P425 Endothelial function and cardiovascular risk in Inflammatory Bowel Disease in remission phase
L. Montenegro*, G. Losurdo, A. Zito, M.M. Ciccone, E. Ierardi, A. Di Leo, M. PRINCIPI
University of Bari, DETO, Bari, Italy
Endothelial dysfunction has been reported in patients affected by inflammatory bowel diseases (IBD) in active phase, but not yet in remission.
We evaluated endothelial dysfunction by brachial artery flow-mediated vasodilatation (FMD), and subclinical atherosclerosis by assessment of common carotid intima-media thickness (CCA-IMT) in a cohort of patients with Crohn's disease (CD) or Ulcerative colitis (UC) in remission phase compared to healthy control subjects. The remission was evaluated by Crohn's disease activity index (CDAI) for CD and Mayo score for UC. ANOVA was performed to compare continuous variables and Pearson's r coefficient was calculated for correlation between disease activity and FMD or IMT.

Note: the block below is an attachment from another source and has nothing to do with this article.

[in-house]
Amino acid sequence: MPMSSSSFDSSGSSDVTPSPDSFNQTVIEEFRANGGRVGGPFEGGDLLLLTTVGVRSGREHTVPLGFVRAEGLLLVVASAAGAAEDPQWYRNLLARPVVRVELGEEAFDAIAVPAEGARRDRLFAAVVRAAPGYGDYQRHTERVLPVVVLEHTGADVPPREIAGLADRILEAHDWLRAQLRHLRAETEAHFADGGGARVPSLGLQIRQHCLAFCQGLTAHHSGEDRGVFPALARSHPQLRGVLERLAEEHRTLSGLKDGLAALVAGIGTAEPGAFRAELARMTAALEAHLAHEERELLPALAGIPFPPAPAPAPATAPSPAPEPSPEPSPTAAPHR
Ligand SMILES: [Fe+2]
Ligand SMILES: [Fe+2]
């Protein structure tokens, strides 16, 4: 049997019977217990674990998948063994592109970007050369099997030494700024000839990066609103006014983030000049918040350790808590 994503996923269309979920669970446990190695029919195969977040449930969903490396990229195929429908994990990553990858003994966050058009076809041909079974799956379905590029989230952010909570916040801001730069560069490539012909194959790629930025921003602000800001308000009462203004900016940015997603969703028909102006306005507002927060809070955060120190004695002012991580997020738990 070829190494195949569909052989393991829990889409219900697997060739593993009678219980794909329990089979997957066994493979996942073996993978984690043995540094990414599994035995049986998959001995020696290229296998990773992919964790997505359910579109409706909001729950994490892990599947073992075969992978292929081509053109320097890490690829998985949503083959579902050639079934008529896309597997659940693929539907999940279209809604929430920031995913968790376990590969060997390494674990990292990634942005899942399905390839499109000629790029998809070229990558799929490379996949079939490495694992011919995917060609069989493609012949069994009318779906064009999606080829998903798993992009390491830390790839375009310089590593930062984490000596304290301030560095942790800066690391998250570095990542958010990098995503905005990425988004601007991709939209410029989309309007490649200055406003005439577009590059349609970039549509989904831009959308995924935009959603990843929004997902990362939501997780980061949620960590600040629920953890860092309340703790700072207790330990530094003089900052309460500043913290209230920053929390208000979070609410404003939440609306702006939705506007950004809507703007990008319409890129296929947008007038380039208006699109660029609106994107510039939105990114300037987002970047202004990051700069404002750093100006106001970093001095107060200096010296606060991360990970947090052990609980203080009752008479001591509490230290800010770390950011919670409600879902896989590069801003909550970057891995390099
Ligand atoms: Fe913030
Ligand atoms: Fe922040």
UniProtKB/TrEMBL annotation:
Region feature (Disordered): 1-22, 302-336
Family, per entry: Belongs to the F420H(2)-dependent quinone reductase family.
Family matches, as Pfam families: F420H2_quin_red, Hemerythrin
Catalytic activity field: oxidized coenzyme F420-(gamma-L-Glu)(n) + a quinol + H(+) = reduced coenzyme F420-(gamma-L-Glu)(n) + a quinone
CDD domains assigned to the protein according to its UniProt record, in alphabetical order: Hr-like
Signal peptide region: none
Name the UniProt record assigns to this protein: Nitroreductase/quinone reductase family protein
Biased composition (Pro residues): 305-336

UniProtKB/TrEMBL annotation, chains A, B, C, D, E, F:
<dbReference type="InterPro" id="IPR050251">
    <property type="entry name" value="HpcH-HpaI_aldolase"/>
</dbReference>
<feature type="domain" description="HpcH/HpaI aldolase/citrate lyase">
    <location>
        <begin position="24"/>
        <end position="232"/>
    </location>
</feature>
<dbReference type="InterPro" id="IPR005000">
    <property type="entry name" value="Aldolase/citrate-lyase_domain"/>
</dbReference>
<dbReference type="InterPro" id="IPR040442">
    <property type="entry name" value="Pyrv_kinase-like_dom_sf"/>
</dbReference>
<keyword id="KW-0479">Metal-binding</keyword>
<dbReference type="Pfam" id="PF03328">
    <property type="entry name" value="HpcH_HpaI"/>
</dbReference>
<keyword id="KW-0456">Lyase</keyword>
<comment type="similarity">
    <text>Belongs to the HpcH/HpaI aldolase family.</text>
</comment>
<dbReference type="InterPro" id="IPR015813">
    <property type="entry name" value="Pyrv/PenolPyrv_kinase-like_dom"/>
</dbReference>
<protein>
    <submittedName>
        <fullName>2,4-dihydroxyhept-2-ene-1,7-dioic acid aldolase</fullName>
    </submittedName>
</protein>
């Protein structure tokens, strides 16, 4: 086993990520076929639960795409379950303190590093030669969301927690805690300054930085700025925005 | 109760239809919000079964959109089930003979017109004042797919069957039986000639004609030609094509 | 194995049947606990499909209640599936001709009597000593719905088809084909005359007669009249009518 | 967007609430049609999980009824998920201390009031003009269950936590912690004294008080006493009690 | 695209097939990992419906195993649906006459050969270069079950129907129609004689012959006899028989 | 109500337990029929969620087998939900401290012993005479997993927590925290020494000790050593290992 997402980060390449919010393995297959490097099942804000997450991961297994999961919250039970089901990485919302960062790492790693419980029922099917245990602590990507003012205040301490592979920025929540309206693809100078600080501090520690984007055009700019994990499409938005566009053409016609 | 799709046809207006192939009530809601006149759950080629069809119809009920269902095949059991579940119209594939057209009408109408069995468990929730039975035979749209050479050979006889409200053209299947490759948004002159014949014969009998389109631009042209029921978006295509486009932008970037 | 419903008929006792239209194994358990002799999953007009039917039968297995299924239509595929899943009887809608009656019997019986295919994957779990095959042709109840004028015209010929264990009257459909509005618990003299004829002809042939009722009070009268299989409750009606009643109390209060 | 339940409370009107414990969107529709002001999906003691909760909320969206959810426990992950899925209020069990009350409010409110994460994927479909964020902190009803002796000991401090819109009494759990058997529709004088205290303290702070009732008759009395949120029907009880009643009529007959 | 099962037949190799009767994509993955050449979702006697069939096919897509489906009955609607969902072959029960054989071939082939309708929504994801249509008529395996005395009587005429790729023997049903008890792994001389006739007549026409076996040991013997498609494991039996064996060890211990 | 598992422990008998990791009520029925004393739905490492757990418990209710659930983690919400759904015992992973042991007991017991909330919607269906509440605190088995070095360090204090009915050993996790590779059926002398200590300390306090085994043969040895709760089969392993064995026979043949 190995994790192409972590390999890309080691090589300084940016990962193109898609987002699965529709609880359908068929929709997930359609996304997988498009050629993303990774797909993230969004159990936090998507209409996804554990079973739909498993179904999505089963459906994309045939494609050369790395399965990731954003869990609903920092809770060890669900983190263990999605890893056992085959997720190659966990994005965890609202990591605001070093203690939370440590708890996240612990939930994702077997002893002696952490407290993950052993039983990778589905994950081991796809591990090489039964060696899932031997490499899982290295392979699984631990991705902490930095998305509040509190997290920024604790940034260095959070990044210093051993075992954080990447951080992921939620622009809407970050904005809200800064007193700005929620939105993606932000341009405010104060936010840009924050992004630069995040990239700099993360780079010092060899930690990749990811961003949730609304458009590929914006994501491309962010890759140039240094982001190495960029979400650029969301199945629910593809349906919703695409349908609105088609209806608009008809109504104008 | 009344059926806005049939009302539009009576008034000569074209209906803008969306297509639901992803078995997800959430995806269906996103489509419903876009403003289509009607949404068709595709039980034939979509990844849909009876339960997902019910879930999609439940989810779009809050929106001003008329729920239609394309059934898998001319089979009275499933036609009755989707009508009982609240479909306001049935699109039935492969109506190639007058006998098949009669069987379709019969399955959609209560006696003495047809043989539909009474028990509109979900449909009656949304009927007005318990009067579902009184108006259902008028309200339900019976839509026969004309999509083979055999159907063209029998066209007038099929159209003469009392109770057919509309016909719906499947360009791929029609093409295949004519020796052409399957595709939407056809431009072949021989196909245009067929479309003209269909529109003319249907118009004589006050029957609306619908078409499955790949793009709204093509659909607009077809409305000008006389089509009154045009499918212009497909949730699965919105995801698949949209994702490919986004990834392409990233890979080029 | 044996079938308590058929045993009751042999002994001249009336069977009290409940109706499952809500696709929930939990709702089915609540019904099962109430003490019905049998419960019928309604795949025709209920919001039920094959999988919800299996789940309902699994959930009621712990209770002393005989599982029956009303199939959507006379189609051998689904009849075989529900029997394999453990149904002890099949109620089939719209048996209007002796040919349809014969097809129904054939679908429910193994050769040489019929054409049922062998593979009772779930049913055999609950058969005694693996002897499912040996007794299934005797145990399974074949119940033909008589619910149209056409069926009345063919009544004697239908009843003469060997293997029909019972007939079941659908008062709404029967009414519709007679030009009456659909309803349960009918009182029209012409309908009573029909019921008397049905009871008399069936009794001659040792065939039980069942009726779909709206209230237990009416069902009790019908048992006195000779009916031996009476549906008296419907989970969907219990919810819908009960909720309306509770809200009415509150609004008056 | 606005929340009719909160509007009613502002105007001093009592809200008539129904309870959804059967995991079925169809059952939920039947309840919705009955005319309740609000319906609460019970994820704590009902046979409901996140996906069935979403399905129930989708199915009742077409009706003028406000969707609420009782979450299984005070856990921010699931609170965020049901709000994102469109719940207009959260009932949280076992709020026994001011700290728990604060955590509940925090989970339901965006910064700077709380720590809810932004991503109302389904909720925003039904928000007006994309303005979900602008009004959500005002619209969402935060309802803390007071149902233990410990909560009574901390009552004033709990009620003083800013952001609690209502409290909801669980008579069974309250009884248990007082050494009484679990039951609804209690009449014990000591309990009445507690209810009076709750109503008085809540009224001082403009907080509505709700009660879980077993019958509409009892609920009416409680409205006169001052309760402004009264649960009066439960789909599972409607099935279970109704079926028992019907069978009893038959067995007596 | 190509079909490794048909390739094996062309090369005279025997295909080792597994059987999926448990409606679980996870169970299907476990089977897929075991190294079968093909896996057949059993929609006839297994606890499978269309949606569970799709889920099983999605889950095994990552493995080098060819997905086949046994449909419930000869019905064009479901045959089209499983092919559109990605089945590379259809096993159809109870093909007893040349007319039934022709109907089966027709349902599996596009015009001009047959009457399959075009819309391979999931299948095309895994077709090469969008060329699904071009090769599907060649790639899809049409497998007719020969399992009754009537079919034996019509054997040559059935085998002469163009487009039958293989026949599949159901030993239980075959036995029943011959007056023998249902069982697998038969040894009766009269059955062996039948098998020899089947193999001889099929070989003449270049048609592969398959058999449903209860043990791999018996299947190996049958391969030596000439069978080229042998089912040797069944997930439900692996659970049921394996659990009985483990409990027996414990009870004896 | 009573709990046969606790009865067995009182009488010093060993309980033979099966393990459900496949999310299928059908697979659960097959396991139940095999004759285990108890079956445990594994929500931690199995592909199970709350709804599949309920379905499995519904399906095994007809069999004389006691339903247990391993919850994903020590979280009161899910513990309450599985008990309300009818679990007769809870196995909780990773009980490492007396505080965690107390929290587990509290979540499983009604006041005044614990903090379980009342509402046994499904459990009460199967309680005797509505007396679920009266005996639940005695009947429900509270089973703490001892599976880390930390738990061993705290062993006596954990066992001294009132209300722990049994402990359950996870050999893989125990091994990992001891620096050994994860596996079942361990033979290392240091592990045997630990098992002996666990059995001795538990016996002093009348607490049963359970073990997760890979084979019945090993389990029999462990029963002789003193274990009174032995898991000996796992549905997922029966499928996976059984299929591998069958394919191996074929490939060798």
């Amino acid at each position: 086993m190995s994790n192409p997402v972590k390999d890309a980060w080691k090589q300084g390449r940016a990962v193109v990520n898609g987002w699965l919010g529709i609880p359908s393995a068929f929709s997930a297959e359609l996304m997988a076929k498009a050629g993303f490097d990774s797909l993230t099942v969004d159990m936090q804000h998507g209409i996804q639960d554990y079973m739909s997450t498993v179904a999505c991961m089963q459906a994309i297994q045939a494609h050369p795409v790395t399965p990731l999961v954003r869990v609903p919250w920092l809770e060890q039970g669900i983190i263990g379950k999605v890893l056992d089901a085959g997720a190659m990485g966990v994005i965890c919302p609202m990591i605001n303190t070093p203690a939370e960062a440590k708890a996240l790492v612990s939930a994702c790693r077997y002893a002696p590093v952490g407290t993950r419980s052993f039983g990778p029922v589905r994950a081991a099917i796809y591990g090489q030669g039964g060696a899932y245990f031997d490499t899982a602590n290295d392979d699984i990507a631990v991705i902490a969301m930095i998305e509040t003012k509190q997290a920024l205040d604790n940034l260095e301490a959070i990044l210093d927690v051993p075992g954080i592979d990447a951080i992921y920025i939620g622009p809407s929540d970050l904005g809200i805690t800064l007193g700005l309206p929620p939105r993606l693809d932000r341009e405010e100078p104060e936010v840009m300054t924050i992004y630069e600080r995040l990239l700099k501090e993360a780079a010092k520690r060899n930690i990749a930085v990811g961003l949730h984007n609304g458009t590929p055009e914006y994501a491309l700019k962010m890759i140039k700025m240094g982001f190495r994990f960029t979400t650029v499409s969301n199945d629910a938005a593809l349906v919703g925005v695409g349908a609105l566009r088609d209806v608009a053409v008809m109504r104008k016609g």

Fifty-eight patients with IBD were enrolled (29 males, aging 40 ± 15, 16 CD and 15 UC) and 40 healthy controls (16 males, aging 45 ± 15). FMD values for IBD in remission was similar to control group (8.38 ± 1.75 vs 9.39 ± 2.23; p=ns). No statistically significant difference was detected between CD (8.38 ± 1.75) and UC (9.64 ± 5.49). No statistically significant difference was found after adjustment for age, sex, body mass index, and family history of cardiovascular disease. Finally, no differences in IMT values between IBD in remission and control group was found, while significant inverse relationship between C reactive protein (CRP) and FMD was detected (r=-0.876; p <0.005).
IBD in remission revealed FMD values comparable to non-IBD population. CRP inversely correlates with FMD. Therefore, endothelial function is completely normalized during remission phase and this suggests the possibility of the reversal/arrest of atherosclerotic process.